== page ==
NEW ORLEANS (November 19, 2021) – The IGNITE HBCU Excellence Act could double Dillard University’s federal funds allotment, according to Dr. Walter Kimbrough, who is watching developments closely as DU president and chair of the UNCF Council of Presidents.
The bill (H.R.3294 / S.1945) was introduced and referred to the House Committee on Education and Labor. It has been read twice in the Senate and referred to the Committee on Health, Education, Labor, and Pensions. Kimbrough said he is watching the developments but is unsure if a vote will be called before the winter recess.
Introduced by U.S. Rep. Alma Adams, D-NC, and Sen. Chris Coons, D-DE, the bill would update technological infrastructure, support community partnerships and expand campus services at all HBCUs, according to an August press release in which Adams announced the support of the Congressional Black Caucus and more than 90 bipartisan co-sponsors.
All 37 UNCF-member institution presidents signed a letter Oct. 1 urging passage IGNITE, an unprecedented action, Kimbrough said.
Dillard receives about $2.6 million a year in federal funds, he said, an amount that would double to $5.2 million if IGNITE is passed. These funds could be utilized for campus projects such as renovations and new construction, Kimbrough said.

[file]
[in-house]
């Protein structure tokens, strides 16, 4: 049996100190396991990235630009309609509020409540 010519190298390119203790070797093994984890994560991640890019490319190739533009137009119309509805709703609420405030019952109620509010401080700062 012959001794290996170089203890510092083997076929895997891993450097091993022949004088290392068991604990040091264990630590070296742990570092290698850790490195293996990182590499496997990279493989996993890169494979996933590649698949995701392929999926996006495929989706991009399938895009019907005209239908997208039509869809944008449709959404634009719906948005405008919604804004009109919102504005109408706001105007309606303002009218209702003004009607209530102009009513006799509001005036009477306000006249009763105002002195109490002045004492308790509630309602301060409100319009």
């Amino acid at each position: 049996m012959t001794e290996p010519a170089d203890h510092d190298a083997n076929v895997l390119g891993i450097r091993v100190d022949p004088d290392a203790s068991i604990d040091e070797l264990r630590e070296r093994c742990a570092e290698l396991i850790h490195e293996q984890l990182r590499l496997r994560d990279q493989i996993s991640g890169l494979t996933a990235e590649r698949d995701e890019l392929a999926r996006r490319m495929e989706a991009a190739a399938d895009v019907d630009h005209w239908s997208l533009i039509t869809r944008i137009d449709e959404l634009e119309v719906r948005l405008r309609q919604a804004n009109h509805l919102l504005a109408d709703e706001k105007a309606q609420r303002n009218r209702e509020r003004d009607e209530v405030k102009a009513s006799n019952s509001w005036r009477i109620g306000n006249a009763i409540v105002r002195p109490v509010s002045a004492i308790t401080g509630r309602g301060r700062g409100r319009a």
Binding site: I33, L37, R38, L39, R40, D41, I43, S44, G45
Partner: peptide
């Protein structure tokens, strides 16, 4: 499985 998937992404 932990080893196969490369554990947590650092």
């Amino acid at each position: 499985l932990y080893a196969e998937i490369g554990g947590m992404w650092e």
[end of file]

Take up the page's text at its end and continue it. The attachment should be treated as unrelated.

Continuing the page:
He urged Dillard University students and the HBCU community to visit UNCF’s website to learn more about the IGNITE HBCU Act and contact their respective members of Congress. Go to https://uncf.org/hbcuignite.
Dillard University is using funds from the Department of Education’s HBCU Capital Finance Program to work on construction in the DUALS, former 100-unit apartment complex just off-campus that has been gutted and is in the beginning stages of being rebuilt. Kimbrough said IGNITE could provide vital funds to expedite the process.
Kimbrough said additional funds should the bill pass could help with renovations in Williams Hall, which, unlike Camphor, Hartzell, and Straights halls, were not rebuilt after Hurricane Katrina.
The legislation’s use on campus would not be limited to renovations, but new projects as well, Kimbrough said. The administration is considering building a larger sports arenas because Dent hall gets “packed out,” said the president, highlighting the school’s recent decision to move the Homecoming basketball game to the Lakefront Arena.
Students at HBCUs across the country, such as Morehouse College and Howard University are protesting issues with their institutions’ infrastructure. In a recent NPR interview, Lodriguez Murray, United Negro College Fund senior vice president, said, “Students are asking for the same thing that [UNCF is] asking for and, ironically, the same thing that the president asked for just a few months ago.”
Adams’ release pointed out that while only representing 3 percent of all four-year colleges and universities, HBCUs produce upwards of 17 percent of all bachelor’s degrees awarded to African Americans. HBCUs enroll a disproportionately high percentage of first-generation and low-income students, nearly 60 percent, and outperform their peers in supporting and graduating these students, she said.